The UAE is the seventh largest producer of oil worldwide and is a member of a group of oil-producing countries called OPEC. 


And the leadership of the conference by Sultan Ahmed al-Jaber — head of the UAE’s national oil and gas company — has invited skepticism about the sincerity of the discussions.

When al-Jaber’s appointment as the head of the conference was announced, environmental activists criticized the decision as hypocritical.

He faces fresh scrutiny after documents published by the Centre for Climate Reporting and the BBC this week appeared to show the UAE COP team’s plans to further the interests of the national oil company during the conference. 

The news outlets described these documents as including briefings prepared by the COP28 team for meetings held by al-Jaber.


Some of the documents were posted online and list “potential discussion areas” relating to the oil company.

On Wednesday, al-Jaber pushed back against the reports, which he said were “false, not true, incorrect and not accurate.”

“I promise you never ever did I see these talking points that they refer to or that I ever even used such talking points in my discussions,” he said, arguing that the UAE didn’t need to use its position as COP leader to make oil deals.

Al-Jaber received significant condemnation over the reporting, including from a group of U.S. senators who said it “raises alarms about the integrity of the entire summit.”


“COPs are the world’s best shot to address the global climate crisis. We can’t let COP28 fall victim to fossil fuel industry malfeasance and greed before the summit even starts,” Sens. Ben Cardin (D-Md.), Sheldon Whitehouse (D-R.I.), Brian Schatz (D-Hawaii) and Martin Heinrich (D-N.M.) said in a statement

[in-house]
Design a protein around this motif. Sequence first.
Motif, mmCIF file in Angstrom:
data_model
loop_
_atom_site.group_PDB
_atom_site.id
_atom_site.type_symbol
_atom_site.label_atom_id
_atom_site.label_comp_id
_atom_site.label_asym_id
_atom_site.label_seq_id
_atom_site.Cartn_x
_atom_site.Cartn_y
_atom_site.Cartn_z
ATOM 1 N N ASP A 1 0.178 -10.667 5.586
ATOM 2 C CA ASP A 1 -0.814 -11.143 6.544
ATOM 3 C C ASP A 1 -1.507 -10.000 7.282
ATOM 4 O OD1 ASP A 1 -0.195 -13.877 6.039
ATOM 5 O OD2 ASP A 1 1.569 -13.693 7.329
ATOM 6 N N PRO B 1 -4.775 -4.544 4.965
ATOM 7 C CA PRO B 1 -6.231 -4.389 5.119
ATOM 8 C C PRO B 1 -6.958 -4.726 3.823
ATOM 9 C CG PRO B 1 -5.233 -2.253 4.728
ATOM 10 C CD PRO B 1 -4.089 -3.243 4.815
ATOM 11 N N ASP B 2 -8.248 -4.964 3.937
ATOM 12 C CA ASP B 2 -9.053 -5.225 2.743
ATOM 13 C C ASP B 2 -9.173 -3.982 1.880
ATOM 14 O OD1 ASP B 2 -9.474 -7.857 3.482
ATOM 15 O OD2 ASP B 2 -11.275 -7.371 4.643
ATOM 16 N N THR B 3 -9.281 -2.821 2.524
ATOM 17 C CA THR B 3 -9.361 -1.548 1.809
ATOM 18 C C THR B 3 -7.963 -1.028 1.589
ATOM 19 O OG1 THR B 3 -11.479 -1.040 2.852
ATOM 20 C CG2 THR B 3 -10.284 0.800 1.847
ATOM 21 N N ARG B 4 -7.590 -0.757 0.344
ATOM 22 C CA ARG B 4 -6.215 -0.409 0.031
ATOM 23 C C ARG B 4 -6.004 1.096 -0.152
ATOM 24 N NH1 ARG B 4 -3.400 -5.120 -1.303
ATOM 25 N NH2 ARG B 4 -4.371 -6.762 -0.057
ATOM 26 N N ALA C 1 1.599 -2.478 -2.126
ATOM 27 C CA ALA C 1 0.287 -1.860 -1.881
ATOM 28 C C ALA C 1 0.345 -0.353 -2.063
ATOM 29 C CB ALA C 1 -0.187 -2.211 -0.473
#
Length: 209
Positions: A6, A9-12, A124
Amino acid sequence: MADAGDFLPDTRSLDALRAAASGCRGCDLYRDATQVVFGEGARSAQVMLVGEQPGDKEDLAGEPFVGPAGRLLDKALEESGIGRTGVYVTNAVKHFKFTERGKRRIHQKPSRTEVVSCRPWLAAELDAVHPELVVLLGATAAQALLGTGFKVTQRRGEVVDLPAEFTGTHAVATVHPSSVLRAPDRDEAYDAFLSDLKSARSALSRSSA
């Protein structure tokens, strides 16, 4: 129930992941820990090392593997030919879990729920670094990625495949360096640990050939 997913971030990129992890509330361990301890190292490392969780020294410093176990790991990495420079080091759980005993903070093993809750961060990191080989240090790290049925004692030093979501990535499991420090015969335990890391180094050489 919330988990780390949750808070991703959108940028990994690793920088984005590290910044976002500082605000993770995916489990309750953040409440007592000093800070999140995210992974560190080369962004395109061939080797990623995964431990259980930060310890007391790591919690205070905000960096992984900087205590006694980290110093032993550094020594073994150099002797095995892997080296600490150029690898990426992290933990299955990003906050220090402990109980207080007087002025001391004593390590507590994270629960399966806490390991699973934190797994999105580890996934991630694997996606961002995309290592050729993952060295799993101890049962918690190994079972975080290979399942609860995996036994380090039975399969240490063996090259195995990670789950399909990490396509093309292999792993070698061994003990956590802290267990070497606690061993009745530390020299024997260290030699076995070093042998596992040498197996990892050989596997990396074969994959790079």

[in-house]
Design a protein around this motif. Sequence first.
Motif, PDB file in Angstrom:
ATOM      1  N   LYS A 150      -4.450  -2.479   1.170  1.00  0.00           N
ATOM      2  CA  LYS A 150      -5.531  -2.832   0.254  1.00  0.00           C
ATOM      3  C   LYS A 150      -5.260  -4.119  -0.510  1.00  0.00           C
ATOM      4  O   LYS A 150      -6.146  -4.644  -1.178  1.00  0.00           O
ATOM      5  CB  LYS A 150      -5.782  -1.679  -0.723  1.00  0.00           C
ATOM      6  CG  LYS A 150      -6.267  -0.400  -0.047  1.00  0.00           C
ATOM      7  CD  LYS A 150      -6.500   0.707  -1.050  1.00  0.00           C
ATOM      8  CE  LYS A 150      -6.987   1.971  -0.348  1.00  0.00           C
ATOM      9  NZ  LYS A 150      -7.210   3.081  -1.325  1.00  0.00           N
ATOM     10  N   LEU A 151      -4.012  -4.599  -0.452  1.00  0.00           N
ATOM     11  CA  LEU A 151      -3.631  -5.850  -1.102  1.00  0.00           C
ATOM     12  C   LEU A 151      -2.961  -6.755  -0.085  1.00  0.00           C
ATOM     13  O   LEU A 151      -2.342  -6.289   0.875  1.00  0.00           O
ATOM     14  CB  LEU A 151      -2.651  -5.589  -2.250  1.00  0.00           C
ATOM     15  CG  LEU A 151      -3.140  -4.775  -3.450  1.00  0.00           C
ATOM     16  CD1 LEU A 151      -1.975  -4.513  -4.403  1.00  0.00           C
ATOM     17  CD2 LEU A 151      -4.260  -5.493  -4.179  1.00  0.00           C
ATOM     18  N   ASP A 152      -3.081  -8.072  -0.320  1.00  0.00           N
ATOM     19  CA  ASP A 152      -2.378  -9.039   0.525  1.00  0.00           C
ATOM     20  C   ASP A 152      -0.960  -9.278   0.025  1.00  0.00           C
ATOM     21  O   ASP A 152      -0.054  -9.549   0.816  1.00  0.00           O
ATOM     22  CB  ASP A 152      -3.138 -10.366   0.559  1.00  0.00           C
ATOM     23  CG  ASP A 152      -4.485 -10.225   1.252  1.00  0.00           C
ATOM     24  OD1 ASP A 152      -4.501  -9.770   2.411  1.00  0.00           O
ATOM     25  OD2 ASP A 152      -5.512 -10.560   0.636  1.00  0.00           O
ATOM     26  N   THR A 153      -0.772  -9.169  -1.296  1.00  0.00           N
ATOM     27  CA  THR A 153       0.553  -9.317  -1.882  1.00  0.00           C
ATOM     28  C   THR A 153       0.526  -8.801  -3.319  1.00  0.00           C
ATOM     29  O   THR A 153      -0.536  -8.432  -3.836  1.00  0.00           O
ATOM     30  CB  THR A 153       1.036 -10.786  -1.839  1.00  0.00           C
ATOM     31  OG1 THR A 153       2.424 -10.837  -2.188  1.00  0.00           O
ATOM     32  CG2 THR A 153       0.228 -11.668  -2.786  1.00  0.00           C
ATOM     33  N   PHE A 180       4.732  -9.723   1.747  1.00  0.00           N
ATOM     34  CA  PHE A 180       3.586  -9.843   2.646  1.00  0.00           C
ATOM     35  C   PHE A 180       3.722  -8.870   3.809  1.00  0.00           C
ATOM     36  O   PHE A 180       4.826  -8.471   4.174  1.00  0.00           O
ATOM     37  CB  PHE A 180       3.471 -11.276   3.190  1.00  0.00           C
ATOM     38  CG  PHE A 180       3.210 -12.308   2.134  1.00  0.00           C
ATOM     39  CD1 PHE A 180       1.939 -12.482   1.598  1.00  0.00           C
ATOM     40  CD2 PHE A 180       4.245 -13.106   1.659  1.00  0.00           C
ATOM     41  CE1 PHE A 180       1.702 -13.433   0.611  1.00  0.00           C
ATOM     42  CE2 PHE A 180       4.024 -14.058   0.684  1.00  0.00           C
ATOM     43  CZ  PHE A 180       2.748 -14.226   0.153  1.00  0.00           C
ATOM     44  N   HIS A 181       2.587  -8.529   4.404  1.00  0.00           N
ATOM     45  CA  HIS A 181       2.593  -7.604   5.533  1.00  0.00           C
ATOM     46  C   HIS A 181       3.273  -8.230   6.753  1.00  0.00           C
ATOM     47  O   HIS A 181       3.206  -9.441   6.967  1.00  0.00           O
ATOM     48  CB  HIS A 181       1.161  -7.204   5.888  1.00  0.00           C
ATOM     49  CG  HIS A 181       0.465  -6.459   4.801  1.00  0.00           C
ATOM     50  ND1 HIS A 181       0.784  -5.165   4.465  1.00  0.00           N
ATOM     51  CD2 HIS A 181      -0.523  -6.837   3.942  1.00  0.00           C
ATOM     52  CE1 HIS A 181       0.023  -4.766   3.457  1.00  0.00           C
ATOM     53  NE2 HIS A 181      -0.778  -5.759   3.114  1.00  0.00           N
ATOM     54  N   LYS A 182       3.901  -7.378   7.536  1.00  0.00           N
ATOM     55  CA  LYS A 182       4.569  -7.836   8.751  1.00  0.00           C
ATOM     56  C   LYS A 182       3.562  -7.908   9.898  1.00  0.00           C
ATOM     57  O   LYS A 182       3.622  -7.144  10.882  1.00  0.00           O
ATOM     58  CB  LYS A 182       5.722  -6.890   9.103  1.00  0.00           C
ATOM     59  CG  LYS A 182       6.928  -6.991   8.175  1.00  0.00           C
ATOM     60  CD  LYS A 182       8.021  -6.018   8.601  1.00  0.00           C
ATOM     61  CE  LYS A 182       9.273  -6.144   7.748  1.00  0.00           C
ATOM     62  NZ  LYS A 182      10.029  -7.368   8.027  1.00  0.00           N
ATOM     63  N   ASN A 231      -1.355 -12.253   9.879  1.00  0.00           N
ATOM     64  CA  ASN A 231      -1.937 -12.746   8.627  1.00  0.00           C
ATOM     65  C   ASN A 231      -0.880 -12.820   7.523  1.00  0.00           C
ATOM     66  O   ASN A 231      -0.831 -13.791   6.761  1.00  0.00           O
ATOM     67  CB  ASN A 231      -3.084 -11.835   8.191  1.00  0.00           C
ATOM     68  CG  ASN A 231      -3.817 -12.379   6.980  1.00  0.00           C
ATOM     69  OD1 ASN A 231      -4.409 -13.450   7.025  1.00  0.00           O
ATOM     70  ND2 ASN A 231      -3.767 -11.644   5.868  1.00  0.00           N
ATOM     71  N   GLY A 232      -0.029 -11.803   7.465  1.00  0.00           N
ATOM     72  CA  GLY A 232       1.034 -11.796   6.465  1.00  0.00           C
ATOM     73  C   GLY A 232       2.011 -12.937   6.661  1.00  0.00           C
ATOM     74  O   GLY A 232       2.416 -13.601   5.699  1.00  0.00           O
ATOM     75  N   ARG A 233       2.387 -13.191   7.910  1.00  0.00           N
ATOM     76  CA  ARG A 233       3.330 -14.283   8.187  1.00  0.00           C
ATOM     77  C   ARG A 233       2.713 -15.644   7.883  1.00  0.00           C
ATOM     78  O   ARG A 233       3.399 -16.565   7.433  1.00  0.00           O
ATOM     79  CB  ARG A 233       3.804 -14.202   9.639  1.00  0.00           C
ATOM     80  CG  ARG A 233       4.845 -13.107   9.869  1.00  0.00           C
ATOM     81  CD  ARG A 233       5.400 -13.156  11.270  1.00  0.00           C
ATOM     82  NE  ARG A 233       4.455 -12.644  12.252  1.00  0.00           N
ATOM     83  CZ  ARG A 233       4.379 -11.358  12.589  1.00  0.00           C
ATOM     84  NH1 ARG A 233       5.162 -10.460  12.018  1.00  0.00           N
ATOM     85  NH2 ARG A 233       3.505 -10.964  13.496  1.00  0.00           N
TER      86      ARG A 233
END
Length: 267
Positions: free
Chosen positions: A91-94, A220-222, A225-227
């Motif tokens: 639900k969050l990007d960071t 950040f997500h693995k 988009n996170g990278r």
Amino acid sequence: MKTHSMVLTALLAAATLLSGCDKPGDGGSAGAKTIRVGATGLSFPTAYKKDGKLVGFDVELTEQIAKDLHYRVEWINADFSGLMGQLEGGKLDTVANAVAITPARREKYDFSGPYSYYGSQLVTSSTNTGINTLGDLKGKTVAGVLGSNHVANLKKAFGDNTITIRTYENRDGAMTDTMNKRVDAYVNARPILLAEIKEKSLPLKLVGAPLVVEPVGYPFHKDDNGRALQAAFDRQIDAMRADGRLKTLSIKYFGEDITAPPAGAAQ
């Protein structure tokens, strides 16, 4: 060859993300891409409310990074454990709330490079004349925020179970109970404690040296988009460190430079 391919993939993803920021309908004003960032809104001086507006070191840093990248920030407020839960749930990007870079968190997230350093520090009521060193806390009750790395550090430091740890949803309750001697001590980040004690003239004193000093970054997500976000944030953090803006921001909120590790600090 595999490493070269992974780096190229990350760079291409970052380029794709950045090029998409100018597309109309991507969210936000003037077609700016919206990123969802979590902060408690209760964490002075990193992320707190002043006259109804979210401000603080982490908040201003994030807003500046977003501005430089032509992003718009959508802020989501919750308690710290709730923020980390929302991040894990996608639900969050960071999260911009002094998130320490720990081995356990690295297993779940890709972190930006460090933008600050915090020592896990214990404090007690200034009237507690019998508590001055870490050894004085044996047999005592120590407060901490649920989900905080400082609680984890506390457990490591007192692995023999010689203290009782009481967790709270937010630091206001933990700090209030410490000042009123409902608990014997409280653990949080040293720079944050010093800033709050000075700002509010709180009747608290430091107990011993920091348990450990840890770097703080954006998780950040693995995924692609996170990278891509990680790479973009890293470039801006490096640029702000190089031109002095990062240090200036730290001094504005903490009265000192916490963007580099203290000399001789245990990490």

The reports are also emboldening some critics of the COP summits. Sen. Marco Rubio (R-Fla.) posted on X, the platform formerly known as Twitter, in response, saying that “everyone knows that global ‘climate goals’ are a joke except the Biden administration.”

Rubio also said that the UAE intends to expand its oil and gas industry and “is using the climate conference to do it.” The government last year announced plans to spend $150 billion to produce new oil and gas developments that would turn out 10 times as much of the fuels as what the International Energy Agency has calculated would keep the climate at a safe level.

Some experts have made the counterargument that the UAE’s position as an unabashed stronghold of fossil fuels — and al-Jaber’s recent embarrassment — makes the country the ideal venue to secure an endgame for fossil fuels.


After the allegations, “the UAE now has even more reason to push for a fossil fuel phase-down agreement to show the world that it is serious about becoming the first post-petroleum OPEC country,” former U.S. State Department climate lawyer Nigel Purvis, CEO of Climate Advisers, told The Associated Press.

Debate at COP28 is likely to focus on the question of whether fossil fuel extraction and use — which last year hit record levels — should ultimately be ended or simply reduced.